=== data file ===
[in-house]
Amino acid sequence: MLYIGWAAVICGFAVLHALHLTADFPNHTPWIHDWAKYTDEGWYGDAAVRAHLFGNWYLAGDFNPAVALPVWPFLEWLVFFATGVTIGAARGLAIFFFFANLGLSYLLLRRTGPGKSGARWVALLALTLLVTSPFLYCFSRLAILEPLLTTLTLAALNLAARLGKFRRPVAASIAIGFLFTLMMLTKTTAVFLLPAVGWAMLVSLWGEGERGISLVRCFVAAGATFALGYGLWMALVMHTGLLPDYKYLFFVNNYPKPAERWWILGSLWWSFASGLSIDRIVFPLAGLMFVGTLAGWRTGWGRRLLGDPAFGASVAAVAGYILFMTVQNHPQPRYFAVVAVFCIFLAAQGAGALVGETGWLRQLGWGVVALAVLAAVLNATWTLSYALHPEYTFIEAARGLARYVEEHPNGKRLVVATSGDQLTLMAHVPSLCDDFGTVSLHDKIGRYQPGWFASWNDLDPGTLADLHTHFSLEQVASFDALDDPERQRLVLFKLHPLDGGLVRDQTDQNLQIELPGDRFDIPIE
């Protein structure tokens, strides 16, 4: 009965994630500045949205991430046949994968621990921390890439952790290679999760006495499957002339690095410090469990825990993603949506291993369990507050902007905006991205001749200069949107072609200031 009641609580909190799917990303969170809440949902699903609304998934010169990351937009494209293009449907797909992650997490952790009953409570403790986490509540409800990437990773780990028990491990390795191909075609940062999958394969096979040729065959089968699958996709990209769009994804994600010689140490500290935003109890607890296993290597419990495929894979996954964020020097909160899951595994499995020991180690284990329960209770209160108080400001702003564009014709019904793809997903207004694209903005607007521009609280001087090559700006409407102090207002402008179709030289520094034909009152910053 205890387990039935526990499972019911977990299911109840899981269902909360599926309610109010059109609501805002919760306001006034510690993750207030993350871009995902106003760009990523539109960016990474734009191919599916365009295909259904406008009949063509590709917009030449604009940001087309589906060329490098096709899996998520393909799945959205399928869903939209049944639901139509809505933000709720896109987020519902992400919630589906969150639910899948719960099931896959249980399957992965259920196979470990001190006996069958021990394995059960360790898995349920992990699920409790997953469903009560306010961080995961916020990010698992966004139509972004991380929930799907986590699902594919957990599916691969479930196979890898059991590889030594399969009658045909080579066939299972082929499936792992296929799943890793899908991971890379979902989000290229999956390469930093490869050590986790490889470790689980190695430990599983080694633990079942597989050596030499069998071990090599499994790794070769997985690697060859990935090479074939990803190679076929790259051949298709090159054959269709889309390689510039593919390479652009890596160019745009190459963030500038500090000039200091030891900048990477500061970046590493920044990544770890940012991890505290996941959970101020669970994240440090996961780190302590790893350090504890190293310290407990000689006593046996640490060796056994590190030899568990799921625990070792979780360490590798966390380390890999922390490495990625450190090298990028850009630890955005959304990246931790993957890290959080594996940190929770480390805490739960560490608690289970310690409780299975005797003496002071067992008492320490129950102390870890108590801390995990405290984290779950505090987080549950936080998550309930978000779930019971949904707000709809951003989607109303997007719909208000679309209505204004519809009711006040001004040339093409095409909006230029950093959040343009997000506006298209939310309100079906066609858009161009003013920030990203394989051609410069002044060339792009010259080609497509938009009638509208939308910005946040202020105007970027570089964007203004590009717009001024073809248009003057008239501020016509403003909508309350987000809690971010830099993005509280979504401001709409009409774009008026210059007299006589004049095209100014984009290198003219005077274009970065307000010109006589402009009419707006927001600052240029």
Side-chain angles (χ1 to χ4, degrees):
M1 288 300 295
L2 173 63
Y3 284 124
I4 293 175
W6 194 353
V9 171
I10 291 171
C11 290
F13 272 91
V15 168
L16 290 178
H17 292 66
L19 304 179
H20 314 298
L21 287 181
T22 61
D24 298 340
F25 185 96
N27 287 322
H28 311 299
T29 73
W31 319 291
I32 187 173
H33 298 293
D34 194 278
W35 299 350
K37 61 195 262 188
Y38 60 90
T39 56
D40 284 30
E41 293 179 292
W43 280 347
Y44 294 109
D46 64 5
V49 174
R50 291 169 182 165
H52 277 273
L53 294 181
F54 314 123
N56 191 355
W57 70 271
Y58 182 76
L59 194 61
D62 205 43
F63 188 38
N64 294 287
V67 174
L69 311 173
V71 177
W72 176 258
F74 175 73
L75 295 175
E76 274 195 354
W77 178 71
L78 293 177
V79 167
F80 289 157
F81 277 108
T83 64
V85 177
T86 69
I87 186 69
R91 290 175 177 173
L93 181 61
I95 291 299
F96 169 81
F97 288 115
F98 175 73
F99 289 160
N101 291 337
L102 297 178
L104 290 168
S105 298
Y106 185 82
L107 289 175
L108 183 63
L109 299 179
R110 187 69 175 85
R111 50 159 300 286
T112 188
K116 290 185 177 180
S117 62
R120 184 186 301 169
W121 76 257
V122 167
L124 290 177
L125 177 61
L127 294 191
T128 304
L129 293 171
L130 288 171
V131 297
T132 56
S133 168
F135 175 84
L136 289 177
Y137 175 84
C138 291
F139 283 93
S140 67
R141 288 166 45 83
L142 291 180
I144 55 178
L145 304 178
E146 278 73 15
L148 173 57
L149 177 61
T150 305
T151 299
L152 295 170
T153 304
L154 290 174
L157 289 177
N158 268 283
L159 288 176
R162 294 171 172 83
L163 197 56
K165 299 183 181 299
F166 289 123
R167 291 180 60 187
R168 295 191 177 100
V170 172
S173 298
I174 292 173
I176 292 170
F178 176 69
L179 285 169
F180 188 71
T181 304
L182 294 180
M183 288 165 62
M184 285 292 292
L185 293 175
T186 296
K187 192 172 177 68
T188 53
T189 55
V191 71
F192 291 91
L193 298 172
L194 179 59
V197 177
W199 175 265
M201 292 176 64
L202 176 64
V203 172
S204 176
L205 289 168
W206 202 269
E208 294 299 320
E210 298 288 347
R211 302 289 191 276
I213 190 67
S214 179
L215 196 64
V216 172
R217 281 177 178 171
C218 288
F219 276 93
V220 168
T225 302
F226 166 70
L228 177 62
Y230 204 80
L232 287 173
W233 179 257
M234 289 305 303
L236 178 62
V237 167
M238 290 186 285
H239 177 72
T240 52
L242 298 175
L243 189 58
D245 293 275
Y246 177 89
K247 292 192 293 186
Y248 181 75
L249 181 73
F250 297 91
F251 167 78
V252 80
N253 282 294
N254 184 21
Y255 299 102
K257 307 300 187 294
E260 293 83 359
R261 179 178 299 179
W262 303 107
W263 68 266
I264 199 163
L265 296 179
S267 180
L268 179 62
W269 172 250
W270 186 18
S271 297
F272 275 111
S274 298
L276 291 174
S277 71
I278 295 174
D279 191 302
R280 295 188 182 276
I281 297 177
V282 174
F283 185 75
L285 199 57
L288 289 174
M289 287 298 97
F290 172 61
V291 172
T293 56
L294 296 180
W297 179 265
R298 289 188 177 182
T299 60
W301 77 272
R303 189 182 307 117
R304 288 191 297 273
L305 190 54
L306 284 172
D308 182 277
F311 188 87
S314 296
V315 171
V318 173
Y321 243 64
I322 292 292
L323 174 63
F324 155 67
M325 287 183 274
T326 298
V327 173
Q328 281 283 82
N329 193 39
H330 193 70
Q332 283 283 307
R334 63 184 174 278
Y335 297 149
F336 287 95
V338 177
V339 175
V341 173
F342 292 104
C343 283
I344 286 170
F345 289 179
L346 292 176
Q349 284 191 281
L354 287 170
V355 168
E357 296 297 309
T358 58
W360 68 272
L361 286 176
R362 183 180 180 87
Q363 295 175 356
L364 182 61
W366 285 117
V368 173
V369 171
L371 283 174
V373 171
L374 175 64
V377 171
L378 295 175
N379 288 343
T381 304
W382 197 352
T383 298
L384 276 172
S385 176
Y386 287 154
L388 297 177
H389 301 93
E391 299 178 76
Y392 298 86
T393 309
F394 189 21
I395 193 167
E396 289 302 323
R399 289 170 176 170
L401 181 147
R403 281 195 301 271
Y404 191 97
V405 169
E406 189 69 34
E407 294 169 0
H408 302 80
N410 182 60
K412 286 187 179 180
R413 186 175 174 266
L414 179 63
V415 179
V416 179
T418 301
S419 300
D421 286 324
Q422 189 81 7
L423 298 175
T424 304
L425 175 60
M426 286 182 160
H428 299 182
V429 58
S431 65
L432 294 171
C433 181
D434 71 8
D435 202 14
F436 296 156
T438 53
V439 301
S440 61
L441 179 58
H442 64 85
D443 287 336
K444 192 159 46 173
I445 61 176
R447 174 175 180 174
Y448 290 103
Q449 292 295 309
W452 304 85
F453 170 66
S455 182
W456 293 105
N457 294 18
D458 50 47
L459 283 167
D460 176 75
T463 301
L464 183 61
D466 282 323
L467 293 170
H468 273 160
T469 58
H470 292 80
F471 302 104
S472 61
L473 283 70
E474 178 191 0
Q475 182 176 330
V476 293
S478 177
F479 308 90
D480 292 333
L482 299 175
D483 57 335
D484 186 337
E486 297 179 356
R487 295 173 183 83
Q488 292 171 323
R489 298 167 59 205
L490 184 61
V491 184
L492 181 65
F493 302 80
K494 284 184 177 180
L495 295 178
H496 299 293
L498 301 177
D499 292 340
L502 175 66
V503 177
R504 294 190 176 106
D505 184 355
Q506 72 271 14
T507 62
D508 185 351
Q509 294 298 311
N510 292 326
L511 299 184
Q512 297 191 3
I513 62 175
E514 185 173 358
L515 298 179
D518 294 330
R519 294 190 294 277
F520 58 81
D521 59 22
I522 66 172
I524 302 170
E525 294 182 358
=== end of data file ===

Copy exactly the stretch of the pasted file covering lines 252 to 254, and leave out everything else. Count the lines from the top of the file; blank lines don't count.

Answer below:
F345 289 179
L346 292 176
Q349 284 191 281